Melbourne Cup day is about going all out (though avoiding anything Geoffrey Edelsten would find in good taste is a good motto to live by). With crowd numbers at their peak, standing out from the pack is still easily achievable. Wearing a black suit during the day can make you look like a Groom or an undertaker, so opting for grey or navy is a safer option. Go for classic, well made footwear in a dark brown, chestnut or tan. Oxfords or brogues with a Goodyear welted construction may cost a little more, but the quality difference will see you through years of wear. At all costs, shoes with pointed or chisel toes should be avoided.
The classic rule for socks – a must in any area of Flemington outside of General Admission - is to match the colour to your trousers, not your shoes. For those not too confident about dressing up, this is a safe rule to live by, though for a relaxed day at the races, perhaps a little too safe. A navy suit can be matched with a navy sock, but one with a pattern will offer up a point of difference and the opportunity to work more colours into your tie, hat or pocket square choice. The official flower Melbourne Cup day is the yellow rose – yet another accessory option to keep in your arsenal.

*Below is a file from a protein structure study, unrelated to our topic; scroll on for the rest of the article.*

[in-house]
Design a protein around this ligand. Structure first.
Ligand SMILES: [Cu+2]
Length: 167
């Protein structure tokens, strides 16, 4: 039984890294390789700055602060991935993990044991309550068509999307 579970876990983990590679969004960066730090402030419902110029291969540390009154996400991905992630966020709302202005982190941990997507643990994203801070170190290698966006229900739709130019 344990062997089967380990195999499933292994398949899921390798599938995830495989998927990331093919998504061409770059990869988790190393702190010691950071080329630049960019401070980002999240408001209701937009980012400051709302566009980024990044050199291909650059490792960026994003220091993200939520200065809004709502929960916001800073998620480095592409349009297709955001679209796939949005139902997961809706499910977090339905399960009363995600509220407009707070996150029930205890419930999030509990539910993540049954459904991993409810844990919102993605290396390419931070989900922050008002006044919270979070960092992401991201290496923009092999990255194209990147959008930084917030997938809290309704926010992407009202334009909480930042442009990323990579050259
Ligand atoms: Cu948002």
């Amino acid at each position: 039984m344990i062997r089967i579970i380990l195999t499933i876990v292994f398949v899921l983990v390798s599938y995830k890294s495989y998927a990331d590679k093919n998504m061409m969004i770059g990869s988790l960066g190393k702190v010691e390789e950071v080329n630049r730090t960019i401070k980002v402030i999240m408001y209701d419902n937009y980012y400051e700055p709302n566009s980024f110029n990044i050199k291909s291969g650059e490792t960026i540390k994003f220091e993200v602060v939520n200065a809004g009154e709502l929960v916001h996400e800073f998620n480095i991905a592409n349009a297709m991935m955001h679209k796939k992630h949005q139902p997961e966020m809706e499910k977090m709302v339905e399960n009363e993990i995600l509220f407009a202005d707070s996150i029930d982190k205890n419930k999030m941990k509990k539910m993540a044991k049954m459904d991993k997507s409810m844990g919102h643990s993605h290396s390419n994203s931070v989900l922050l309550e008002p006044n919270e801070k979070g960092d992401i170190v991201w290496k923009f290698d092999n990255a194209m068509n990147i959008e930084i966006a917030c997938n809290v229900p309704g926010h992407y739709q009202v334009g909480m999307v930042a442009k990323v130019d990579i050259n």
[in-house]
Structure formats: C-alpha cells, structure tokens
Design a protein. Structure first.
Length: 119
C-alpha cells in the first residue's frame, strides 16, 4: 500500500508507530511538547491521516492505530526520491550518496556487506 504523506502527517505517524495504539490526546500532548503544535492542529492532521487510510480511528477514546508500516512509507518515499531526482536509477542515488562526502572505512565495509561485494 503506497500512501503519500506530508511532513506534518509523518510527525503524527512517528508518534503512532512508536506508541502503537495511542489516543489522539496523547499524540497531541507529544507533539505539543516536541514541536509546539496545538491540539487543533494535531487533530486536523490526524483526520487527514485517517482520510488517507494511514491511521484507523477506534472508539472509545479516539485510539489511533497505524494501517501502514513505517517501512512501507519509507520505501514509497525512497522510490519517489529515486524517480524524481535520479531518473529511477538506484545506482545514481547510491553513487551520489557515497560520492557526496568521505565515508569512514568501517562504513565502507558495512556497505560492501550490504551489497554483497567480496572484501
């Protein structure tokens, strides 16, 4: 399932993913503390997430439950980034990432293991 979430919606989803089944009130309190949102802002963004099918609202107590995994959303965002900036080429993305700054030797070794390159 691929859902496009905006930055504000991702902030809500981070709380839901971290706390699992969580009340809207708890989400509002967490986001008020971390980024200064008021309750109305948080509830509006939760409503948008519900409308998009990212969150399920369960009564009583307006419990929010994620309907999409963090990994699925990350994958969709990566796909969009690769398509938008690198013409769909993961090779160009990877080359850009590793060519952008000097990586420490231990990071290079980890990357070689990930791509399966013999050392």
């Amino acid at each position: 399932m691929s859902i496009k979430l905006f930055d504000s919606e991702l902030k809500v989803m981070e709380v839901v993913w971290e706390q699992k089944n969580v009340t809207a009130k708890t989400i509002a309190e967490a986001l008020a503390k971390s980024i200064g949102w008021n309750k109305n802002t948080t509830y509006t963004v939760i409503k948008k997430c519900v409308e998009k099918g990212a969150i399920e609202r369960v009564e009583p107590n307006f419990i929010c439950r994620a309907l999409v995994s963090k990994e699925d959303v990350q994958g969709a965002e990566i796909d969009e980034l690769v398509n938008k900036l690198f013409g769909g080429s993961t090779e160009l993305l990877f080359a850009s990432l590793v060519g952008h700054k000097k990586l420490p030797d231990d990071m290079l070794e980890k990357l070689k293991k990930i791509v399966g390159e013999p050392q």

Oaks day is ladies day and pastel colours are a good option. This is easily achieved by simply swapping out your white shirt for a blush pink. Stakes day is family day, the most relaxed of the racing carnival with its “Garden Party” vibe and the most appropriate day to dress your suit down.
Since the first Melbourne Cup in 1861, Australian men have been turning out in their finery to celebrate the “race that stops a nation”. Fast forward to 2015 and for a growing number of the sartorially resplendent men you’ll see at the track, the event will be the jumping off point towards their dressing better the other 364 days of the year.
See you at the track.